Leslie Bratspis


From the age of three when I first started reading, I always knew I would become an author. I grew up in the foothills beneath the iconic Hollywood sign, the daughter of best-selling author and script writer, Irving Shulman. Between novels, my father was like the character, Joe Gillis, portrayed in the movie "Sunset Boulevard." He was under contract for Warner Bros and Walt Disney studios. Famous actors, directors, producers, and movie stars attended parties at our house. Actress Spring Byington lived across the street. Life in Tinsel Town was the norm.

In college I majored in and received degrees in English and Anthropology. Both assist me when I write and research topics I find meaningful that express my worldview. In my stories I draw upon personal experiences and, with permission, occasionally from my friends’ lives.

I did many hours of research into Chinese culture and customs when I wrote "Good Fortune," the prequel to "Golden Ring Of Light." The sequel required even more extensive research. I am fortunate to have a Chinese friend who fills in details and facts I couldn’t find anywhere. To add some additional interest, in "Golden Ring Of Light" I included a little about Hawaiian folklore by creating an interesting Hawaiian character from the island of Kauai.

My passions are writing, reading, painting, meditation, and traveling with my husband and our Golden Retrievers.

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Website: lesliebratspis.com
Facebook: https://www.facebook.com/GoodFortuneFans?ref=hl
Facebook: https://www.facebook.com/pages/Leslie-Bratspis-Vanilla-Grass/1459047377684683
Blog: lesliebratspisauthor.blogspot.com
Instagram: pnwfictionwriterartist
Twitter: @LeslieBratspis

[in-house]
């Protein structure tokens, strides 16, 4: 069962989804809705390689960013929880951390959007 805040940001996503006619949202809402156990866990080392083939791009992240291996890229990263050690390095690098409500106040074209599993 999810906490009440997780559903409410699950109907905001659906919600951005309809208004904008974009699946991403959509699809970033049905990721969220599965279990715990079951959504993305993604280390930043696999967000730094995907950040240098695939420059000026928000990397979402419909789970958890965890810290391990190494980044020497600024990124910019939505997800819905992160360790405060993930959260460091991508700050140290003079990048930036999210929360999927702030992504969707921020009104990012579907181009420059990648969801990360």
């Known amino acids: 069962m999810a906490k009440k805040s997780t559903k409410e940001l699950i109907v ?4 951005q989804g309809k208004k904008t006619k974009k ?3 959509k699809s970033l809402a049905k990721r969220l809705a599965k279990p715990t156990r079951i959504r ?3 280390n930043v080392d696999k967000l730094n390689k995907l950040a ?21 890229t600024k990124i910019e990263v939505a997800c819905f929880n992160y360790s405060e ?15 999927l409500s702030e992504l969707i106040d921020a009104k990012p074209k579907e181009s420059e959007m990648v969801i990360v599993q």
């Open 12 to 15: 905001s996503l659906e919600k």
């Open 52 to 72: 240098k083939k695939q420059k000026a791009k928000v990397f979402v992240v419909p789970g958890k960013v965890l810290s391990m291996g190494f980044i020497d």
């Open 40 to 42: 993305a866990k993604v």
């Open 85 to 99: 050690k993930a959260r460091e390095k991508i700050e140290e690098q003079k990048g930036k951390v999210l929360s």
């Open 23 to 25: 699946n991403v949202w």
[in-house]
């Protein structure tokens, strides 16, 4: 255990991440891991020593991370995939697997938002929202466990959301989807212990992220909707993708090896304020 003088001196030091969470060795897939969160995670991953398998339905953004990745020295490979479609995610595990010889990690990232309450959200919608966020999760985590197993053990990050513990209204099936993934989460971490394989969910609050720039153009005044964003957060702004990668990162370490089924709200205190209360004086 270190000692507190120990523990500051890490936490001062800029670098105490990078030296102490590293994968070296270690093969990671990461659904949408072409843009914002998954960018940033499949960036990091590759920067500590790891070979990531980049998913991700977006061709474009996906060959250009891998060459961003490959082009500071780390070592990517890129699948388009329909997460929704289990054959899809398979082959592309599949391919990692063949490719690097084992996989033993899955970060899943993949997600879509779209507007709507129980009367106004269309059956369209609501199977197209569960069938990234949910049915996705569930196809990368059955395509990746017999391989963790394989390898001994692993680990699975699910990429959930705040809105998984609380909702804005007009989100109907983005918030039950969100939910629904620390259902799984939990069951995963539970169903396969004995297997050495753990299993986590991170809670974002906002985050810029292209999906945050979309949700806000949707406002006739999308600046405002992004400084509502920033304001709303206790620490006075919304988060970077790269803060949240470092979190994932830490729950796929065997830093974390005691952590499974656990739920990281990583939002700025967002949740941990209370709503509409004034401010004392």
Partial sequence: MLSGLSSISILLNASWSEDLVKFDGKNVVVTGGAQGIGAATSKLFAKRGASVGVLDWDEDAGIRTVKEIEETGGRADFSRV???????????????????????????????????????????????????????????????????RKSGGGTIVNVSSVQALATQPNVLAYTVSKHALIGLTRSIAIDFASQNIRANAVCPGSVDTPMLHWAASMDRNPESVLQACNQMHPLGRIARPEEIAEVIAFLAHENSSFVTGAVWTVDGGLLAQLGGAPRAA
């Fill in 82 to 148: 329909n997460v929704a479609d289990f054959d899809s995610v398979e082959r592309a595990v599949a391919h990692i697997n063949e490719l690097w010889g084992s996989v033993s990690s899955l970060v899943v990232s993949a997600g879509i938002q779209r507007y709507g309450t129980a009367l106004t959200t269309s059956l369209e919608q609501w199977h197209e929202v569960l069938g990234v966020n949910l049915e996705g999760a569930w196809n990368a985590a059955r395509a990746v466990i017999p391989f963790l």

E-mail: lesliebratspis@yahoo.com

Smashwords Interview

Where did you grow up, and how did this influence your writing?
I grew up in Hollywood, CA where my father was a successful screenwriter and novelist with many friends in the film industry. Writers, producers, directors and actors came to our house for large dinner parties. The books my father is best known for dealt with social issues such as juvenile delinquents, gangsters, and boxers.

My debut novel, "Good Fortune," is vastly different from what my father wrote about. It's one man's personal journey from failure to success with the secret guidance of an old Chinese man who writes him fortunes. But my current novel-in-progress features troubled teenagers who talk slang, smoke pot, lie and steal. It's a current look at teen violence and sex. Maybe I'm influenced by my late father's writing after all.
When did you first start writing?
For most of my life I've written short stories and for some reason, I've always been a good editor. While in college, I edited papers and essays for fellow students and I helped them improve their grades. In the last ten years I've professionally edited plays, novels, children's books and scripts.

I became serious about writing a novel when I got the inspiration for the story of "Good Fortune." Before I actually started to write it, I knew the plot from beginning to end. With my second novel, I'm writing it chapter by chapter so it's a totally different experience.

Like most authors, my dream is to write a book that becomes a best-seller and is made into a movie. While writing "Good Fortune" I saw it as a film and I've had people who read it tell me they had the same experience where they actually "saw" it. I still think it would make a good movie. All I need is the right person to read it who has the right connections. I know...I sound like every other aspiring author!
Read more of this interview.

Where to find Leslie Bratspis online

Where to buy in print


Good Fortune
Price: $3.99 USD. Words: 101,640. Language: English. Published: June 8, 2011. Categories: Fiction » Romance » Contemporary, Fiction » Cultural & ethnic themes » Asian American
Chinese wisdom secretly passed through handwritten fortunes guides the lives of two men from different cultures connected by a shared source of enlightenment. Each overcomes adversity to achieve inner awareness through personal journeys. Good Fortune awaits them, but first they must discover happiness is less tied to outward goals than inner awareness. Tong's gentle wisdom shows them the way.

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